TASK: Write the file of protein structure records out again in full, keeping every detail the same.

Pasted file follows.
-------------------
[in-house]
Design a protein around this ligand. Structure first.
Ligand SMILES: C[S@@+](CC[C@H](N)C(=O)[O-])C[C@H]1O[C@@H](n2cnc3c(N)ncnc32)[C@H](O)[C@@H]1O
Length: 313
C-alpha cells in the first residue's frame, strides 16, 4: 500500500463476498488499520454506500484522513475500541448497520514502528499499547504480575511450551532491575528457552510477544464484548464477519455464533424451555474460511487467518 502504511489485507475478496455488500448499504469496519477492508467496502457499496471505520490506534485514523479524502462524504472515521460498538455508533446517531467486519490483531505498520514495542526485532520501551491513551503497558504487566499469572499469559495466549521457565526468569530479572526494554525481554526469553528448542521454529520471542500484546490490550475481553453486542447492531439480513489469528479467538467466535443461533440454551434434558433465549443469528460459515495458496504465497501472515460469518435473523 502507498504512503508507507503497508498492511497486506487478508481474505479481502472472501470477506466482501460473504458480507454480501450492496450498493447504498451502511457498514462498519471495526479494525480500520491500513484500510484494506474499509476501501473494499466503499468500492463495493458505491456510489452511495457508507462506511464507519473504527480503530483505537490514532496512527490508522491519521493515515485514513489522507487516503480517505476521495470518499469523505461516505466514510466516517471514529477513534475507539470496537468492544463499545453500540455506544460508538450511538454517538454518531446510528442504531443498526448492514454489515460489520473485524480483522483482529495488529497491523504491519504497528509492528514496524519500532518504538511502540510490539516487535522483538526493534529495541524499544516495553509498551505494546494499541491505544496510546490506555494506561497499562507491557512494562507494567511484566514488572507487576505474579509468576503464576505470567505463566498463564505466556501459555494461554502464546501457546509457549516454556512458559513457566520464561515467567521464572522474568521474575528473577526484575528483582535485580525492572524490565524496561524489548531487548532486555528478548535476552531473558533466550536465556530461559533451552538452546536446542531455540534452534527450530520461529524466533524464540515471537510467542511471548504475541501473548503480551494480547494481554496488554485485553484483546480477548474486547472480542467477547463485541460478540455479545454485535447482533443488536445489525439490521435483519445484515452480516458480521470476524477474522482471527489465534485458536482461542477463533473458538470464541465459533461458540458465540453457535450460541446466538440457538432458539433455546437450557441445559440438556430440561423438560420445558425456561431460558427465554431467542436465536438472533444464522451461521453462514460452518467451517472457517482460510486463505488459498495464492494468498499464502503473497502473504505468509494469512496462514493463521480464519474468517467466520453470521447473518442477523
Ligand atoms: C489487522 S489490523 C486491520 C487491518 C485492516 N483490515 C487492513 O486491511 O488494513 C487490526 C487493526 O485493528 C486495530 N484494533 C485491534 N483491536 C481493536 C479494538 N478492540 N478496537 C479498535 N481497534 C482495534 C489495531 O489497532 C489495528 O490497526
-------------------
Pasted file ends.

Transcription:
[in-house]
Design a protein around this ligand. Structure first.
Ligand SMILES: C[S@@+](CC[C@H](N)C(=O)[O-])C[C@H]1O[C@@H](n2cnc3c(N)ncnc32)[C@H](O)[C@@H]1O
Length: 313
C-alpha cells in the first residue's frame, strides 16, 4: 500500500463476498488499520454506500484522513475500541448497520514502528499499547504480575511450551532491575528457552510477544464484548464477519455464533424451555474460511487467518 502504511489485507475478496455488500448499504469496519477492508467496502457499496471505520490506534485514523479524502462524504472515521460498538455508533446517531467486519490483531505498520514495542526485532520501551491513551503497558504487566499469572499469559495466549521457565526468569530479572526494554525481554526469553528448542521454529520471542500484546490490550475481553453486542447492531439480513489469528479467538467466535443461533440454551434434558433465549443469528460459515495458496504465497501472515460469518435473523 502507498504512503508507507503497508498492511497486506487478508481474505479481502472472501470477506466482501460473504458480507454480501450492496450498493447504498451502511457498514462498519471495526479494525480500520491500513484500510484494506474499509476501501473494499466503499468500492463495493458505491456510489452511495457508507462506511464507519473504527480503530483505537490514532496512527490508522491519521493515515485514513489522507487516503480517505476521495470518499469523505461516505466514510466516517471514529477513534475507539470496537468492544463499545453500540455506544460508538450511538454517538454518531446510528442504531443498526448492514454489515460489520473485524480483522483482529495488529497491523504491519504497528509492528514496524519500532518504538511502540510490539516487535522483538526493534529495541524499544516495553509498551505494546494499541491505544496510546490506555494506561497499562507491557512494562507494567511484566514488572507487576505474579509468576503464576505470567505463566498463564505466556501459555494461554502464546501457546509457549516454556512458559513457566520464561515467567521464572522474568521474575528473577526484575528483582535485580525492572524490565524496561524489548531487548532486555528478548535476552531473558533466550536465556530461559533451552538452546536446542531455540534452534527450530520461529524466533524464540515471537510467542511471548504475541501473548503480551494480547494481554496488554485485553484483546480477548474486547472480542467477547463485541460478540455479545454485535447482533443488536445489525439490521435483519445484515452480516458480521470476524477474522482471527489465534485458536482461542477463533473458538470464541465459533461458540458465540453457535450460541446466538440457538432458539433455546437450557441445559440438556430440561423438560420445558425456561431460558427465554431467542436465536438472533444464522451461521453462514460452518467451517472457517482460510486463505488459498495464492494468498499464502503473497502473504505468509494469512496462514493463521480464519474468517467466520453470521447473518442477523
Ligand atoms: C489487522 S489490523 C486491520 C487491518 C485492516 N483490515 C487492513 O486491511 O488494513 C487490526 C487493526 O485493528 C486495530 N484494533 C485491534 N483491536 C481493536 C479494538 N478492540 N478496537 C479498535 N481497534 C482495534 C489495531 O489497532 C489495528 O490497526